The Ecology of Coexistence and Conflict in Cyprus

Book description

What is the significance of sustainable resource management for the functioning of Mediterranean island societies? How do human-environment relations reflect in a multi-ethnic religious landscape? This book poses these questions in the context of the Ottoman, British, and modern history of Cyprus. It explores the socio-ecological dimension of the Cyprus conflict and considers the role of local environmental practices for historical coexistence and modern division. The book synthesizes theoretical approaches from the research on 'religion and ecology' with the anthropology of Cyprus, with the goal to develop and establish an ecological perspective on coexistence and conflict in the Mediterranean. Religion is seen as the place where local representations of nature and traditions of resource management are generated and maintained. The work takes a comparative look at the impact of Eastern Orthodox and Islamic institutions on the island's landscape, as well as the religious and economic practices of the rural peasant communities. The findings are then spelled out in the context of current discourses on religion, environmental ethics, and social justice.

Table of contents

  1. Religion and Society
  2. Title Page
  3. Copyright Page
  4. Acknowledgements
  5. Table of Contents
  6. 1. Introduction
    1. Part I
    2. Part II
    3. Part III
  7. PART I
    1. 2. Chapter 1: Nature, culture and religion in theory: an exploration of ideas
      1. 2.1. Tracing Western thought on nature
      2. 2.2. Culture and religion in classical evolution
      3. 2.3. Nature and culture in American neo-evolutionism
        1. 2.3.1. Religion in American neo-evolutionism
      4. 2.4. Ecosystem and religion: restoring balance on islands
        1. 2.4.1. Ecosystem and religion I: Roy Rappaport
        2. 2.4.2. Ecosystem and religion II: Stephen Lansing
      5. 2.5. From contextuality to cognition: sum ergo cogito
        1. 2.5.1. Sharing culture through ecological relations
        2. 2.5.2. Folk-ecology and religious belief
        3. 2.5.3. Religion and adaption
    2. 3. Chapter 2: Nature, culture and religion in Mediterranean context
      1. 3.1. The prehistory of islands settlement: inputs from the Mediterranean Neolithic
      2. 3.2. Contemplating cultural unity: three synoptics of the historical Mediterranean
        1. 3.2.1. Honour and shame: a Mediterranean unity of values
    3. 4. Chapter 3: Environmental ethics and eco-theology: a discourse on values
      1. 4.1. Indigeneity and the ethics of nature conservation
      2. 4.2. The historical roots of our ecological crisis
      3. 4.3. Eastern Orthodox eco-theology: tracing Eastern thoughts on nature
        1. 4.3.1. Principles of Orthodox eco-theology: icons, liturgy and asceticism
      4. 4.4. Islamic eco-theology: the doctrine of unity
        1. 4.4.1. Creation as trust: principles of Islamic nature conservation
      5. 4.5. Eastern Orthodox and Islamic eco-theology in comparison
  8. PART II
    1. 5. Chapter 4: Cyprus in the Ottoman Mediterranean: a historical introduction to Part II
      1. 5.1. New paradigms for an Ottoman Mediterranean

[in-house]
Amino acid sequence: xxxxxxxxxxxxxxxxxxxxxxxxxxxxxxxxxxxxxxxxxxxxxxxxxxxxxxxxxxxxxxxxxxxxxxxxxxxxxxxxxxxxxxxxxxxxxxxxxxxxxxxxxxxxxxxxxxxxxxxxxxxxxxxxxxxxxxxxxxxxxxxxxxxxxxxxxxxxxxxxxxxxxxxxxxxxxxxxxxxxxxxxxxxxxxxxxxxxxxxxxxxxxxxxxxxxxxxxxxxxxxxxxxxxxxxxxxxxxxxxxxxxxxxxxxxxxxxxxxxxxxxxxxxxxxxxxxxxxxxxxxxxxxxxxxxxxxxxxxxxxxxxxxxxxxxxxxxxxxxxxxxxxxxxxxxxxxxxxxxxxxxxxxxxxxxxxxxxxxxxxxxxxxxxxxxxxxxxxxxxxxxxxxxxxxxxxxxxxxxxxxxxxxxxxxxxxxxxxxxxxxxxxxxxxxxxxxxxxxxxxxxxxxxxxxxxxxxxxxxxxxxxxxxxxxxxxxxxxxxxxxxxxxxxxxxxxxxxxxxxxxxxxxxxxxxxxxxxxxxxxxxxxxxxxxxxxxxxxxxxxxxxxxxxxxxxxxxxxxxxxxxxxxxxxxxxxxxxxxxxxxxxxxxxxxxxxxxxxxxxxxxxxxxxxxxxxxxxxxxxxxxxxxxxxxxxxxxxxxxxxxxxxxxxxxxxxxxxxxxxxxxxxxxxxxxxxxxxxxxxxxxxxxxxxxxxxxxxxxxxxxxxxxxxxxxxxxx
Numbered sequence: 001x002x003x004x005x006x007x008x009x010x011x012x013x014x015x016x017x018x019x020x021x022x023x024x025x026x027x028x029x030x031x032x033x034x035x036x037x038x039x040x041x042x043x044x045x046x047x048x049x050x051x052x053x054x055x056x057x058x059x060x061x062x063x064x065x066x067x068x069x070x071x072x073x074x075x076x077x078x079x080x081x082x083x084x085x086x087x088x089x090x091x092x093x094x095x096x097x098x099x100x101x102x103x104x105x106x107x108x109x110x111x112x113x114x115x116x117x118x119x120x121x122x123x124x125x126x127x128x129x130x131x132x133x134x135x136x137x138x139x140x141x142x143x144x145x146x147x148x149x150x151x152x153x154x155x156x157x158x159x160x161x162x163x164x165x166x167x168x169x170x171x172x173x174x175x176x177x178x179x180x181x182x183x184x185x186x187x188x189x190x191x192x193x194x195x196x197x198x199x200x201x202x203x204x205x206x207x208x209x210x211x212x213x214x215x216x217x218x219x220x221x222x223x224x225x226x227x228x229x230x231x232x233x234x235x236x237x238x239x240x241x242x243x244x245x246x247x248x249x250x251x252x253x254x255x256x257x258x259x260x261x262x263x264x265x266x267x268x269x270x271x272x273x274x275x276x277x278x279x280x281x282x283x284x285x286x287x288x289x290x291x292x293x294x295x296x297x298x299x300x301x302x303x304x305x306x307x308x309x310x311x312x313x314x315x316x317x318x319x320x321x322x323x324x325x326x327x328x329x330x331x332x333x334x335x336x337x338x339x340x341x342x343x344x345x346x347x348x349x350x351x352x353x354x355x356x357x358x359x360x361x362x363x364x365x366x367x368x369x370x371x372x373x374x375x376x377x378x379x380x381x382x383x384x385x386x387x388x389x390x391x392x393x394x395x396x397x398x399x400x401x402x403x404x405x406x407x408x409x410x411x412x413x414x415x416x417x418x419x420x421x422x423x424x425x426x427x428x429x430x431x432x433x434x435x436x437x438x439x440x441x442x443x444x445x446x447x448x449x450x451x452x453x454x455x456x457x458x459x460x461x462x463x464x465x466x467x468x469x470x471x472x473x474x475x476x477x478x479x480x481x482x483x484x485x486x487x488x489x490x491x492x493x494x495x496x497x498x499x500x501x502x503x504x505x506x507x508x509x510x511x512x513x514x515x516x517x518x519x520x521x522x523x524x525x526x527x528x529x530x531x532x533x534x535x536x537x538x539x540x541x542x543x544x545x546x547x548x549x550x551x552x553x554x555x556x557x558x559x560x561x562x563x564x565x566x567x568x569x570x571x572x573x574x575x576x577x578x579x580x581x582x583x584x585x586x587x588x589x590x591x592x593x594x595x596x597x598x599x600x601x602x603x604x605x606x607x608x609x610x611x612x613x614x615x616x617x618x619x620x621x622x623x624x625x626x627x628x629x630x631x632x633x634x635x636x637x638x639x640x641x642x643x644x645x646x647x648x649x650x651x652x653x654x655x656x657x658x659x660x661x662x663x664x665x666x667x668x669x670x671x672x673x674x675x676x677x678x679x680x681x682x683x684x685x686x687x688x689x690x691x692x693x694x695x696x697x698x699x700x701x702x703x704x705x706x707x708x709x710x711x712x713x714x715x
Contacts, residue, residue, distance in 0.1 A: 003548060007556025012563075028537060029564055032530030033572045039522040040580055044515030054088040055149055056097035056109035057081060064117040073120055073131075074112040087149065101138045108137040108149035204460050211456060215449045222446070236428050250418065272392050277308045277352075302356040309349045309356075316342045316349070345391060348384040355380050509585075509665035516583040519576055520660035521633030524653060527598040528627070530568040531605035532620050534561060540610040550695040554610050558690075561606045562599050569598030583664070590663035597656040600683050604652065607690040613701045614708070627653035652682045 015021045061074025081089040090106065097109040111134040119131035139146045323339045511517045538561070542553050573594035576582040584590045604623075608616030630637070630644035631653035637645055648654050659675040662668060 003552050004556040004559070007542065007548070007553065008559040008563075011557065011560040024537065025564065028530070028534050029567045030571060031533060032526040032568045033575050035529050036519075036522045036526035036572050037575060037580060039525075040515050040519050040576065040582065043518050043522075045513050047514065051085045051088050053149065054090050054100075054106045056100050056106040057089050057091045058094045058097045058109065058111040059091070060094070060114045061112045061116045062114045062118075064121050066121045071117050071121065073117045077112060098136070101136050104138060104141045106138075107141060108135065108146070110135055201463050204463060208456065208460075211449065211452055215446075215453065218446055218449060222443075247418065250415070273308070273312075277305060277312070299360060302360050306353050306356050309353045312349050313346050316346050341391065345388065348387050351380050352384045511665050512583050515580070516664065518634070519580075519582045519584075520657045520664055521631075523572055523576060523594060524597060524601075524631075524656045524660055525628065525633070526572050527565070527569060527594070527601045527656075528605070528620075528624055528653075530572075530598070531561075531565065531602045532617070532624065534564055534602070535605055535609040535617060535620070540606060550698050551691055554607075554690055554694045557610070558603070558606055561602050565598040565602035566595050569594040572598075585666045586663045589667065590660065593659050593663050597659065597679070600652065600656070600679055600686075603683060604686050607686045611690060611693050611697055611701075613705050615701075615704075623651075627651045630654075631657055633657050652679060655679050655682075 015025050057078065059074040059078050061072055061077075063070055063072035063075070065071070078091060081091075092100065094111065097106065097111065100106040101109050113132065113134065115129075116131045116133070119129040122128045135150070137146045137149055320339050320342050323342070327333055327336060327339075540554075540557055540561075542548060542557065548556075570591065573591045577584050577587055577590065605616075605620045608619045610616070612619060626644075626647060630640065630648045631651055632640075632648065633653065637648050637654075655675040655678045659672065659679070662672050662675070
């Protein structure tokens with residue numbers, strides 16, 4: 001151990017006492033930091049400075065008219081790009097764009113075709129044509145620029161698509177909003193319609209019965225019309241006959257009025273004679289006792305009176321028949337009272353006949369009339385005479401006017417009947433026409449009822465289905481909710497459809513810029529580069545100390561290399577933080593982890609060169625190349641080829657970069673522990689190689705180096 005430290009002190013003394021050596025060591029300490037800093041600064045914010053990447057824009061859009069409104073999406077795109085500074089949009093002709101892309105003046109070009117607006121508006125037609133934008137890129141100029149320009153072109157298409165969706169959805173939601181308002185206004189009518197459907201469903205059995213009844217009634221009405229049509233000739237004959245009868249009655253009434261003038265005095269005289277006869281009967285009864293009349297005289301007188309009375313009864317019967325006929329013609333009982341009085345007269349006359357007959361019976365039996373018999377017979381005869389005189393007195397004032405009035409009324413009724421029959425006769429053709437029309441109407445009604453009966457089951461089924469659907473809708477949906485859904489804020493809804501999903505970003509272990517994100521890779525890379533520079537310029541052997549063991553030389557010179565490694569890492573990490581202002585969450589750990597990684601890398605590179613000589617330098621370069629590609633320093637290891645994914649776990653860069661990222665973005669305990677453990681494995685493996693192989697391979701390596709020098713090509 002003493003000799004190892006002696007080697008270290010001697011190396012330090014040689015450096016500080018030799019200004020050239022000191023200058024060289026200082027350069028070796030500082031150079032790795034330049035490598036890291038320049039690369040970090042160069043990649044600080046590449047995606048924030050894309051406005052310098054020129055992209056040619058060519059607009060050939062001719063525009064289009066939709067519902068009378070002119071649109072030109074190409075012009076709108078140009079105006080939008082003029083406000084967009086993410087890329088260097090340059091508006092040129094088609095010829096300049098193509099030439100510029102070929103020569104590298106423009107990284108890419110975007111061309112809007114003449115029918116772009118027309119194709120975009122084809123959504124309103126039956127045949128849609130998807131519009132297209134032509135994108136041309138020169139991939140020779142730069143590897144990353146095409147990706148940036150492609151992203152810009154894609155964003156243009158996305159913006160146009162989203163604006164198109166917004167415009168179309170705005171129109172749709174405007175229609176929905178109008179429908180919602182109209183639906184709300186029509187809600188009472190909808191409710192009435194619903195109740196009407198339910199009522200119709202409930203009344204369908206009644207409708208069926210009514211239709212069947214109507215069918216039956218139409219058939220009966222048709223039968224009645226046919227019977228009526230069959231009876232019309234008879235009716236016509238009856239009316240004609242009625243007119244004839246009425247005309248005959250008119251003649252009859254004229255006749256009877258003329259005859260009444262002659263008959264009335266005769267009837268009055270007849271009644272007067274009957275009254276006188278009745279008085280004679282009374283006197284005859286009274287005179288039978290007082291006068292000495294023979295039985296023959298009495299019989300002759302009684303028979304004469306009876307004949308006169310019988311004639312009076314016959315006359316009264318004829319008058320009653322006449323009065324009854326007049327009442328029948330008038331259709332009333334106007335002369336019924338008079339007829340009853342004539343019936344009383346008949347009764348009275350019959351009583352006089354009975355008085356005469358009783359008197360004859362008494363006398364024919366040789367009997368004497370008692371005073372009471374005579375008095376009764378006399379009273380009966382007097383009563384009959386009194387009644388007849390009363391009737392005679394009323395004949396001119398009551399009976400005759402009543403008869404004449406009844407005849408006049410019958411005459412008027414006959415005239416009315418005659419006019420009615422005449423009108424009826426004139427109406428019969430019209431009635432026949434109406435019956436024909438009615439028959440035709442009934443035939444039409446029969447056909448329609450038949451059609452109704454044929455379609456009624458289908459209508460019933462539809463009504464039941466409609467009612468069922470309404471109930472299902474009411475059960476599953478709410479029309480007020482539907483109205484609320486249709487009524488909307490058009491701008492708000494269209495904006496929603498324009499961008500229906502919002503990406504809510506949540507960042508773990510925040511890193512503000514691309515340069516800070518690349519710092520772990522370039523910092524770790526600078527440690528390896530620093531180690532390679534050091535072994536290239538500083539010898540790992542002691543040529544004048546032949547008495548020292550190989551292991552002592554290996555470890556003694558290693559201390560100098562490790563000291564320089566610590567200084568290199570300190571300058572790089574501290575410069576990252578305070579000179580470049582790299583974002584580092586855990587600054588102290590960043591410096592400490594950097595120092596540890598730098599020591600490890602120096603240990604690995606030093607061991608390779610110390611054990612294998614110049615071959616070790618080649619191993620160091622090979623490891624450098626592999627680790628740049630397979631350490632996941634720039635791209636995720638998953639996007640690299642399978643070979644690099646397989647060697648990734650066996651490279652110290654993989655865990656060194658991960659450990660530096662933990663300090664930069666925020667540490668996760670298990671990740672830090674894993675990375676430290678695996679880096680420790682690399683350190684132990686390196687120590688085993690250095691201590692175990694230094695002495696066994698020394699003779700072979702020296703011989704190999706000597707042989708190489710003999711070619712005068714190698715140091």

2. 5.2. Agricultural patterns, agrarian cycles and the rural economy
      3. 5.3. Ottoman island society and state-peasant relations
      4. 5.4. The Church of Cyprus as Ottoman stakeholder: an economy of nation-building
    2. 6. Chapter 5: The ecology of coexistence
      1. 6.1. The texture of neighbourhood: from social to ecological parameters
      2. 6.2. Religious belonging and residential patterns in Ottoman Cyprus
      3. 6.3. The Ottoman system of land administration
      4. 6.4. Land, forests and water: ecological strategies of Ottoman Cyprus
    3. 7. Chapter 6: Religion and ecology in pre-modern Cyprus
      1. 7.1. Institutional conservation and resource management
      2. 7.2. Local religion: property, folklore and ethno-ecology
        1. 7.2.1. Folklore studies: tree worship and the problem of survivals
      3. 7.3. Syncretism and the discourse on Mediterranean plurality
      4. 7.4. Syncretism in Cyprus: developing an eco-cognitive approach
    1. 8. Chapter 7: From colonial rule to modern division: a historical introduction to Part III
      1. 8.1. Colonial division
      2. 8.2. Post-colonial division
    2. 9. Chapter 8: the ecology of conflict
      1. 9.1. British colonial landscapes: a vision of orderliness and control
        1. 9.1.1. British agricultural reforms: modernizing property
      2. 9.2. The rise of the real-estate market: commodification and conflict
        1. 9.2.1. The land market as a setting of ethnic conflict
      3. 9.3. Property relations after division: the property issue
    3. 10. Chapter 9: Nature conservation and sustainability in conflict discourse
      1. 10.1. An environmental conflict? Nature conservation and inter-communal relations
      2. 10.2. The Akamas issue: a tragedy of the commons
      3. 10.3. Environmentalism in Cyprus: a post-colonial perspective
      4. 10.4. Nationalism and the ecumenical: considering ecclesiastical politics
        1. 10.4.1. A concern for landscape: the Church and the cultural heritage in the North
  10. 11. Conclusion
  11. 12. Appendix
  12. 13. Bibliography
  13. Subject Index

Product information

  • Title: The Ecology of Coexistence and Conflict in Cyprus
  • Author(s): Irene Dietzel
  • Release date: November 2014
  • Publisher(s): De Gruyter
  • ISBN: 9781501500138